Her experience also includes working as a rehabilitation specialist at Brookhaven College, Farmers Branch, Texas, special education teacher in the Dallas Independent School District, and research associate at UT Southwestern's Medical Burn Unit.
"UNTWISE values learning, collaboration, and like me, believes and puts into action training and programs that enhance employment outcomes for people with disabilities," Rebecca said.
UNTWISE is a premier training and consultancy group within the Department of Rehabilitation and Health Services at UNT. Since 2010, the group has trained and credentialed more than 2,225 individuals in employment services to enhance the outcomes in competitive, integrated employment for people with disabilities. UNTWISE also conducts training, hosts conferences, and provides technical assistance to community rehabilitation programs, CRP and organizations serving individuals with disabilities and provides more than 100 training events, serving more than 2,900 individuals, annually. The group partners with universities, vocational rehabilitation agencies and other stakeholders to develop new training and service programs based on the needs of specific communities. The summer Live and Learn camp and College WISE camps are designed for youth with disabilities ready to explore career pathways, learn about expectations of work and college life, and practice independent living skills.
Most days, she reads a few posts on Twitter, Instagram and Pinterest as well as blogs and podcasts from specific rehabilitation and AT sites. "I try to keep my finger on the pulse of these areas at the local, regional, state, national and international level. I have memberships in all these areas, which gives me more than enough to learn from," she said. "In a typical month, I attend three to five webinars. I plan, develop, produce and provide training course material specific to the employment of persons with disabilities, which includes pre-employment training services for youth with disabilities, rehabilitation personnel, people with disabilities looking to improve their employment skill sets, and rehabilitation stakeholders."
A passionate proponent of Universal Design, Rebecca said those with vision loss benefit tremendously from accessible design, and there are many others who benefit from equitable inclusion.
A piece-meal approach to accessibility may fix one site, one class or one book, but a culture of “baked-in” accessibility during the creating and design phase has the greater impact. In the long term, universal design is more financially responsible too, she said.
"UNT Policy 14.005 says we—all faculty all staff—are committed to providing equal access in the work environment and to the university community. Included in this policy are the accessibility rules of the Texas Department of Information Resources. These are not new policies—yet closer attention to following them is needed in the way of training, funding and staff," Rebecca said. The ODA is not set up to take care of accessible-design issues. Many still believe if a website or online course materials are not accessible, the "ODA will fix it," but the purchasing process may have a better opportunity to prevent the problem than for the ODA to have to retro-fit or fix it.
“Baking in accessibility” on the front end, in the long run, is more efficient, more sustainable and less costly. By someone checking a product, book, workbook, software, etc., and saying no when it is not accessible, prevents exclusion. I have worked with vendors that were eager to make their products accessible. So keeping the dialogue going can be a win-win process," Cagle said.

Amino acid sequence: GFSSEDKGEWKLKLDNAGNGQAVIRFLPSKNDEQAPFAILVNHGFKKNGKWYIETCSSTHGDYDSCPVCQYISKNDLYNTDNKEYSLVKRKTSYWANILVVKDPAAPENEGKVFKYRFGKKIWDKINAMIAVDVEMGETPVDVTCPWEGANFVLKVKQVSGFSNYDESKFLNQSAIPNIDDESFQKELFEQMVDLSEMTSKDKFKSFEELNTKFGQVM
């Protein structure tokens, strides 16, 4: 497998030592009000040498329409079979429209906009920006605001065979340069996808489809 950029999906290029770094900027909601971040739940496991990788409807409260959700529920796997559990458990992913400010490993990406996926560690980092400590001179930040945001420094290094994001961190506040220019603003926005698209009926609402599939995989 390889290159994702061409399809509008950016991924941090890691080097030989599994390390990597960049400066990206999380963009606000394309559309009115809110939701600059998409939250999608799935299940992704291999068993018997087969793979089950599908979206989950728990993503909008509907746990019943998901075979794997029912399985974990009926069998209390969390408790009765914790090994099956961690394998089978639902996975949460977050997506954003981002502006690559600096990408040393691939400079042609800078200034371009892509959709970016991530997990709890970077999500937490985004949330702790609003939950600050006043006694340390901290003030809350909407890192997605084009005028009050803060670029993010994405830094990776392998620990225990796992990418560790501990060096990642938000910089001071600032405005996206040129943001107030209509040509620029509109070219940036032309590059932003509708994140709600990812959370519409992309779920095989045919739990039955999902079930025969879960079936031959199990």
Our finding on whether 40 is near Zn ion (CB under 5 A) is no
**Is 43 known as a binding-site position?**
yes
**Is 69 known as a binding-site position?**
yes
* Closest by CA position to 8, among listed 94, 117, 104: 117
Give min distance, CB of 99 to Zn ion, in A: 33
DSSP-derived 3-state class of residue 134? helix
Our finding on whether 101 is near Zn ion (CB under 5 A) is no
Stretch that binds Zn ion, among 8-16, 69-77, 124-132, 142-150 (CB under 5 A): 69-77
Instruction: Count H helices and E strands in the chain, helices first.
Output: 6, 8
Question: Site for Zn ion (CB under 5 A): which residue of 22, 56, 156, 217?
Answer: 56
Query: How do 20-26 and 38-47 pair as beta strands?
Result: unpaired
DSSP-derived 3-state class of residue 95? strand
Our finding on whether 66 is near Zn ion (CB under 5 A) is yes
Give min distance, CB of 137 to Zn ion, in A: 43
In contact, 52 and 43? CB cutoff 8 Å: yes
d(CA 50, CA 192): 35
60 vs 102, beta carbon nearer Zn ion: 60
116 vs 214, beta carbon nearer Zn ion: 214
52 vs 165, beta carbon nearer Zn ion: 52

"Textbook adoption, as well as online workbooks, should include accessibility consideration," Rebecca said. "In the purchasing process, the vendor is often asked whether the material or technology is accessible, but is not asked to demonstrate the accessibility or provide a Voluntary Product Accessibility Template. A VPAT is a document that evaluates how accessible a particular product is according to the Section 508 Standards. It is a self-disclosing document produced by the vendor which details each aspect of the Section 508 requirements and how the product supports each criterion."
- Favorite app: iPhone-notes app. It’s simple, can annotate, email it, voice my notes, and automatically syncs with my other devices. I started an “appy hour” one summer with students who are blind/low vision. We met weekly at Fuzzy's. Each week one person would share one of their favorite apps with the group. It’s always more fun and faster to learn live. Now the “appy hour” concept has been adopted by Learning Ally (formerly called Reading for the Blind and Dyslexic). They have the world's largest library of human-narrated audiobooks.
- Mac or PC: Both. Many students who are blind use Mac. The accessibility features are built in and those same features are within all Mac products. I try to set aside part of one day in a week to use Voice Over on my phone, Mac desktop or iPad to learn and develop more accessibility skills. Google Chrome has made great strides in app features for accessibility. Microsoft has invested a lot of resources in Office 365 and built-in accessibility features. Firefox has some great accessibility add-ons too-especially for visual loss or issues. So lots of learning to do!
- LyndaCampus user? Yes! I’m pleased to see UNT has made it possible for UNT to access Lynda.com. I am usually in at least one online course of some kind at any given time through various sites. Lynda also ensures their videos have accurate captions and uses one of my favorites for captioning. I hope we will see more people from UNT create courses in Lynda.com-there is so much we could learn from each other.
- Hobbies: Organic vegetable gardening, restoring my 1923 Denton home, kayaking and reading.
- Sports: Ice hockey and football.
- Family life: I have five grown kids and two young grandchildren.
- Leisure time: work on my “Old House,” and cook. Favorite food: Gumbo
- Favorite event at UNT: “Tagging” and raising the final UNT Union beam in 2014 with Scrappy. And my favorite yearly UNT event is the flag parade on University Day.
- Favorite book: currently I am reading (listening to) mysteries from LibriVox (free and all books are in the public domain) that are written primarily between 1890-1925. I am learning a lot about how people spoke and wrote during those times. This somewhat ties into my “old house” hobby and gives me a better understanding of the times of prohibition, and the Roaring '20s.
Interested in more about AT?
Read about a tongue-vision device for the blind: navigating the world with through stimulation on the user's tongue using the “Brainport V100.”
Nikki Lyssy, UNT student, sees the world with the help of technology.